2019 Update: Read the hyperoxia case study for a more detailed review of this issue.
Last summer, we wrote a blog post in response to the 2010 AHA guidelines and the guidelines for oxygen administration in patients with ACS and stroke.
People were all over our Facebook posts and YouTube videos telling us we were wrong when we presented a scenario or test question that involved oxygen decisions. Patients with chest pain and an oxygen saturation at or above 94% probably won’t get any oxygen at all. If they are in significant distress we may administer oxygen—sometimes via cannula.
You would have thought we had said Johnny and Roy were just ambulance drivers! They were angry. They, often rudely, told us they would administer oxygen “because the patient needs it!” It didn’t seem to matter that oxygen in these patients may actually cause harm. This EMS1 article by Mike McEvoy help to explain the concept very well.
5 years have passed since the 2010 AHA guidelines changed our approach to oxygenation.
The 2015 guidelines maintain the same position about oxygenation—and we still have people insisting on administering oxygen by NRB to chest pain patients with adequate sats. Even worse, we have educators teaching that same wrong approach.
As a refresher and because of the release of the 2015 AHA guidelines, we’d like to share our 4 Patients post again. It appears we still need it…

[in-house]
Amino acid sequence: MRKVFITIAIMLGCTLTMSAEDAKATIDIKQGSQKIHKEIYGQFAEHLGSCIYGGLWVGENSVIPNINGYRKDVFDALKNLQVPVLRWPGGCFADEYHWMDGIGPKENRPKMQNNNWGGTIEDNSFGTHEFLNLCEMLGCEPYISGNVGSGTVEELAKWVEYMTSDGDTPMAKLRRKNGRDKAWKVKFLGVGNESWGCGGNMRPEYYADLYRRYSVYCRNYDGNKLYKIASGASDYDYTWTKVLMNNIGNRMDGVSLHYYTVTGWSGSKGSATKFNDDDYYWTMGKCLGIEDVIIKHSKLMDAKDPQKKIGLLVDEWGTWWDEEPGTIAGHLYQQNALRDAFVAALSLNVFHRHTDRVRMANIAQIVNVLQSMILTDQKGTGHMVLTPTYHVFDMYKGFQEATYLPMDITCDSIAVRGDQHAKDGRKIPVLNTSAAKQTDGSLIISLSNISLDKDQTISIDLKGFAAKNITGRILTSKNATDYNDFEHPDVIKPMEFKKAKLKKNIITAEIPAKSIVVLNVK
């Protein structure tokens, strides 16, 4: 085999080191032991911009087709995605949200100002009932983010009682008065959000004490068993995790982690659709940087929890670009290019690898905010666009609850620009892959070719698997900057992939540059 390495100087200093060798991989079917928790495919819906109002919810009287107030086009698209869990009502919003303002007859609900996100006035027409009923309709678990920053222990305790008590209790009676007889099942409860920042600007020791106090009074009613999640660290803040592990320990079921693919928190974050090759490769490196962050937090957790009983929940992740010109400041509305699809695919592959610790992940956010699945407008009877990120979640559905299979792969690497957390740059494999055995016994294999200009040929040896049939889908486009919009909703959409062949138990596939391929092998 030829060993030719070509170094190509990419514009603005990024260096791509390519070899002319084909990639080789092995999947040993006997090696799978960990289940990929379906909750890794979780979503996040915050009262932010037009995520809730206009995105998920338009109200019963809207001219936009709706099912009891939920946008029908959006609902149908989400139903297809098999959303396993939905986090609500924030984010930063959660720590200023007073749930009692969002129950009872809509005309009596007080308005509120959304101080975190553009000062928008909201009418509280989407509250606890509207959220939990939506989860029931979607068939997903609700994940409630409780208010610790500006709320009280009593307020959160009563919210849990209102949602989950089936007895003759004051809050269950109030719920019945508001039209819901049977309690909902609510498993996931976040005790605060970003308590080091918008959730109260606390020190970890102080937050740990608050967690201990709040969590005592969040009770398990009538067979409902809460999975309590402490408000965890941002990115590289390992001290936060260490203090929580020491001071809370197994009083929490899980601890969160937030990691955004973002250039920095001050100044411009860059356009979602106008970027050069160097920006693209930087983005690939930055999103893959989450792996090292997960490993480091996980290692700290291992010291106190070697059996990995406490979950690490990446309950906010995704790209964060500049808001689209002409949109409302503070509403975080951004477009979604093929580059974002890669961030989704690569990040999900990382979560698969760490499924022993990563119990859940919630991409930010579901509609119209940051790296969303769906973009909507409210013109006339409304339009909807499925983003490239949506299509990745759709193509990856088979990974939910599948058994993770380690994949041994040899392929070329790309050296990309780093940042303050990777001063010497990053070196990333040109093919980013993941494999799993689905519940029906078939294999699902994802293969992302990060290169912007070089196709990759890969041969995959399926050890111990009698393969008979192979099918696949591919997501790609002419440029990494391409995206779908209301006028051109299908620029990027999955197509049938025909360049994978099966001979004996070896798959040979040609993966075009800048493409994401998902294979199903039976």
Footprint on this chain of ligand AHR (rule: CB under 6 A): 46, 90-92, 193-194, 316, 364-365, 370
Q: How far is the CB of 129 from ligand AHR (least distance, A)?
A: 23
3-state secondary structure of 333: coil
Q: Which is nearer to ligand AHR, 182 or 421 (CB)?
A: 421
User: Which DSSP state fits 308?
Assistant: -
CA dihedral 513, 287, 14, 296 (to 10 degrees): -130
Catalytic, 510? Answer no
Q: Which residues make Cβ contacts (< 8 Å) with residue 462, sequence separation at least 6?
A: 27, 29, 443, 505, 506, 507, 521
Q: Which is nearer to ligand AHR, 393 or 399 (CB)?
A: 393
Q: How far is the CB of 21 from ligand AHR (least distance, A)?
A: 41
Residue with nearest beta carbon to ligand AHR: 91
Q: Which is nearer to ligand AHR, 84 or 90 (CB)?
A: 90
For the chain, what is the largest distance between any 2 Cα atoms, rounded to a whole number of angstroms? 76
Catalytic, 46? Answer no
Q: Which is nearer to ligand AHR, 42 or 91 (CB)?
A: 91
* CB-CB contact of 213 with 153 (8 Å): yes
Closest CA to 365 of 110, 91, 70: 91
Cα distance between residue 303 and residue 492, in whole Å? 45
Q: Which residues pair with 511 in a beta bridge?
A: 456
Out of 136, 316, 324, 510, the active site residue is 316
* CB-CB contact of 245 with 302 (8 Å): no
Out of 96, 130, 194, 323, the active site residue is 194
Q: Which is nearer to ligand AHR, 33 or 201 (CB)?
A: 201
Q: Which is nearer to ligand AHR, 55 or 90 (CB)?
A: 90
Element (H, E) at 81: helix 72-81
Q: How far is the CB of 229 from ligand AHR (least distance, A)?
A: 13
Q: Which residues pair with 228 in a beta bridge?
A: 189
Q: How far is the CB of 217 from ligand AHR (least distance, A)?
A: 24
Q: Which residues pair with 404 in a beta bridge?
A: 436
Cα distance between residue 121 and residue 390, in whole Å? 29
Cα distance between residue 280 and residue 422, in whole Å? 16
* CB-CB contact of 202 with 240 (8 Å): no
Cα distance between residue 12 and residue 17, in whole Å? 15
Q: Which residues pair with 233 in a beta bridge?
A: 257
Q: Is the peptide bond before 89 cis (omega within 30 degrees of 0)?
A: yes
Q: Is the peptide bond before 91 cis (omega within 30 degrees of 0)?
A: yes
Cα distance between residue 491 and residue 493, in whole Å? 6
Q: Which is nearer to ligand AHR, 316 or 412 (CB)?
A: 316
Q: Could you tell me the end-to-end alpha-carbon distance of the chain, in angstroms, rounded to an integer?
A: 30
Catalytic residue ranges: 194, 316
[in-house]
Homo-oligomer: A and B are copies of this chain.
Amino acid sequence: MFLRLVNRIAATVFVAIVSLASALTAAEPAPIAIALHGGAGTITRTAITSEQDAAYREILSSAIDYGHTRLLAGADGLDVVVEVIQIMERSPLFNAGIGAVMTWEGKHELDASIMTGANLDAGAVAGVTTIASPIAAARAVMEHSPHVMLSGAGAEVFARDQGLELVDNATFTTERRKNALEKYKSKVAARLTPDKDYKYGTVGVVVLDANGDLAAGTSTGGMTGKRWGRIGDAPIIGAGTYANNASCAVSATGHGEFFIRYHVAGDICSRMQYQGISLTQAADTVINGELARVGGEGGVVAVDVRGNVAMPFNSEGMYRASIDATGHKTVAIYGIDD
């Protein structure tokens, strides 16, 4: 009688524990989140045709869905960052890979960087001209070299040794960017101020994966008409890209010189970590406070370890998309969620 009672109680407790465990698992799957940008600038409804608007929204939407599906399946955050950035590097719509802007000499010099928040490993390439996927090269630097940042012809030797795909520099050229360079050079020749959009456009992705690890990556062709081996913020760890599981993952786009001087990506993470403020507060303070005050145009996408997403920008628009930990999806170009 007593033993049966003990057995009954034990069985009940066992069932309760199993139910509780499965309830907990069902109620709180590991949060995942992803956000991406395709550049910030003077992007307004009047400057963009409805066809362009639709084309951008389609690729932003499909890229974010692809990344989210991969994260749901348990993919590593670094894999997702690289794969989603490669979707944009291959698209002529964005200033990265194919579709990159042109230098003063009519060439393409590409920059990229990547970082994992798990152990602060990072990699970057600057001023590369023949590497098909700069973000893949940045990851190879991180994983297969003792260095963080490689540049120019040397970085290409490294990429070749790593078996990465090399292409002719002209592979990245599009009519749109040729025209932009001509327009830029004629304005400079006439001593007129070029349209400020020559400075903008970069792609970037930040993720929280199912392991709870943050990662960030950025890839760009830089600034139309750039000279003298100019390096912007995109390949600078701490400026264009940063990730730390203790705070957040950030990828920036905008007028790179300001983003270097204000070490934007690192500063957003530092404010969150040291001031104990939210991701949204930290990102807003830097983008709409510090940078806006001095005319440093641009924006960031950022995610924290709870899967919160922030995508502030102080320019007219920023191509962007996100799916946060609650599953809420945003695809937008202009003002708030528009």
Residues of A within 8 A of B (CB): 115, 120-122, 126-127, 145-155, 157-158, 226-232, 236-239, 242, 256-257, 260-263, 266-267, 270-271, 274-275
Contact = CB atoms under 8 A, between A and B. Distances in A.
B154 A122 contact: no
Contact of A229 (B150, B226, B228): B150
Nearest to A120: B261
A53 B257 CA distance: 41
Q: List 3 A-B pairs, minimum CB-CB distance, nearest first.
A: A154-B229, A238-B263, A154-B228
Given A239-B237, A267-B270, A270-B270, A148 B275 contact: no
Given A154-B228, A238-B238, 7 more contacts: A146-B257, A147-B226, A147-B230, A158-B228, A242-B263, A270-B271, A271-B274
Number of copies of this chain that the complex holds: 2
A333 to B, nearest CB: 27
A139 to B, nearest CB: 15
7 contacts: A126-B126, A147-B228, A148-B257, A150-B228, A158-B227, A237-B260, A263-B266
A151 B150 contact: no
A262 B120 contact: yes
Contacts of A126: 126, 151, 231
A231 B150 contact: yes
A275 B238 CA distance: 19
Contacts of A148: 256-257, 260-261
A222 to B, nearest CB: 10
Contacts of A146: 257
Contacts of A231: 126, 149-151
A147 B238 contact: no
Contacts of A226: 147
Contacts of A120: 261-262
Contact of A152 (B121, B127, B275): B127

Patient #1 is in respiratory failure. He is ventilated with supplemental oxygen.
Patient #2 is sick. Very sick. Note his color and mental status. It really doesn’t matter what his saturation is. He is going to get oxygen by NRB.
Patient #3 has chest pain. In the past we would have slammed the oxygen but now we take a more thoughtful approach. His sats are a bit low. A nasal cannula will bring that up nicely (we’ve forgotten just how much a nasal cannula can provide—and how comfortable it is for the patient). The concept of titration to 94% is important here.
Patient #4 – hold on to your seats – doesn’t get oxygen. He may have chest pain but his sats are good and he isn’t in distress. Monitor him carefully. If the sats drop or his condition changes you can respond appropriately. In this case oxygen may do more harm than good.
Oxygen is the wonder drug no more.
The take home point: We used to call oxygen “The Wonder Drug.” It seemed that we could give it in wild abandon without worrying about consequences. There is no other drug in medicine that we think like that about. We were wrong.